New primary care arrangements show how primary care is evolving — or splitting apart, depending upon one’s perspective.
Retainer fees let one practice handle more patients by phone or email. But, points out Richard Baron, FACP, affluent communities can take advantage of such arrangements, and not every community is. And Sam Fink, FACP, of southern California says tele-visits are no substitute for hands-on care. In another model, nurse-led facilities service the poor in north Philadelphia, and more states are expanding the power of the pen to cover shortages.
Another trend is the shared medical appointment. Led by physicians and conducted by “behaviorists,” the sessions cover a half-dozen or more patients at a time for both primary and specialty care.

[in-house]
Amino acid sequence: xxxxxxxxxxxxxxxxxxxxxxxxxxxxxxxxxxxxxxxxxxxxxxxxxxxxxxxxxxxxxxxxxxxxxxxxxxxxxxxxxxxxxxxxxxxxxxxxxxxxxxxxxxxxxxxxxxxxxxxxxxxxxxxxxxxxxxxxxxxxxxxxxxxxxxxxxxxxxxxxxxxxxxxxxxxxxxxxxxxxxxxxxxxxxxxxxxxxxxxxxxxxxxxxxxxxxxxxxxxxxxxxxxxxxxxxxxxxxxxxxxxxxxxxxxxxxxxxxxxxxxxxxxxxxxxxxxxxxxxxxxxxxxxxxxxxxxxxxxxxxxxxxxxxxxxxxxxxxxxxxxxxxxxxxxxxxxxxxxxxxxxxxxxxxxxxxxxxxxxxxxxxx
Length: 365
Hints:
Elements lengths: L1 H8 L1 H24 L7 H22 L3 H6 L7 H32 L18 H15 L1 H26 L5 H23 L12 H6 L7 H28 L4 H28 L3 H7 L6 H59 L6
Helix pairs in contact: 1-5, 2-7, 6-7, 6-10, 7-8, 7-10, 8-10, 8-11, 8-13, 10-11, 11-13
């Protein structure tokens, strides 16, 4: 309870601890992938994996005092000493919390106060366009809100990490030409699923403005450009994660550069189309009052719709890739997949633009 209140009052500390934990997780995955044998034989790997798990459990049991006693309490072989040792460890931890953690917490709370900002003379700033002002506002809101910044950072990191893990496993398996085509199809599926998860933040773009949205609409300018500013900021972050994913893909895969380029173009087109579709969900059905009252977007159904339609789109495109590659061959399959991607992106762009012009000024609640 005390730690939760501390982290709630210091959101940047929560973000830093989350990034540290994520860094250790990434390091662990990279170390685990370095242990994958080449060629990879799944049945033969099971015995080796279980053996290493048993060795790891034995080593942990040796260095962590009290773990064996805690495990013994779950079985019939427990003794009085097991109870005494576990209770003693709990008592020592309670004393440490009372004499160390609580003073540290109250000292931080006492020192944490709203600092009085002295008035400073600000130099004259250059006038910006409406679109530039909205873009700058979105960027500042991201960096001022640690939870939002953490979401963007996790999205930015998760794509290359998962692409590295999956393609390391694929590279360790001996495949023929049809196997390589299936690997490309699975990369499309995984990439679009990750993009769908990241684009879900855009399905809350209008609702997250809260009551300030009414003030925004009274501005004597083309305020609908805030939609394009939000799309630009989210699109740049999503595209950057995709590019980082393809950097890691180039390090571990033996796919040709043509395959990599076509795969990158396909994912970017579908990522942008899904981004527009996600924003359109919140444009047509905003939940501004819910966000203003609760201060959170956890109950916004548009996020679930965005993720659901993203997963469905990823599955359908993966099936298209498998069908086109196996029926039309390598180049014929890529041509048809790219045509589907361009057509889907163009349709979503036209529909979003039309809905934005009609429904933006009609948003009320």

Even pharmacists are getting in on primary care. Blue Shield of California is trying a pilot project of pharmacists, believing they have the clinical and patient communication skills to be as effective as doctors, but for less cost. But primary care doctors aren’t completely ceding their profession. There are also pilot projects in California to train more doctors and steer them into communities facing a shortage of primary care services. (USA Today, Fox News, ACP Internist, New York Times, Whittier Daily News)
*This blog post was originally published at ACP Internist*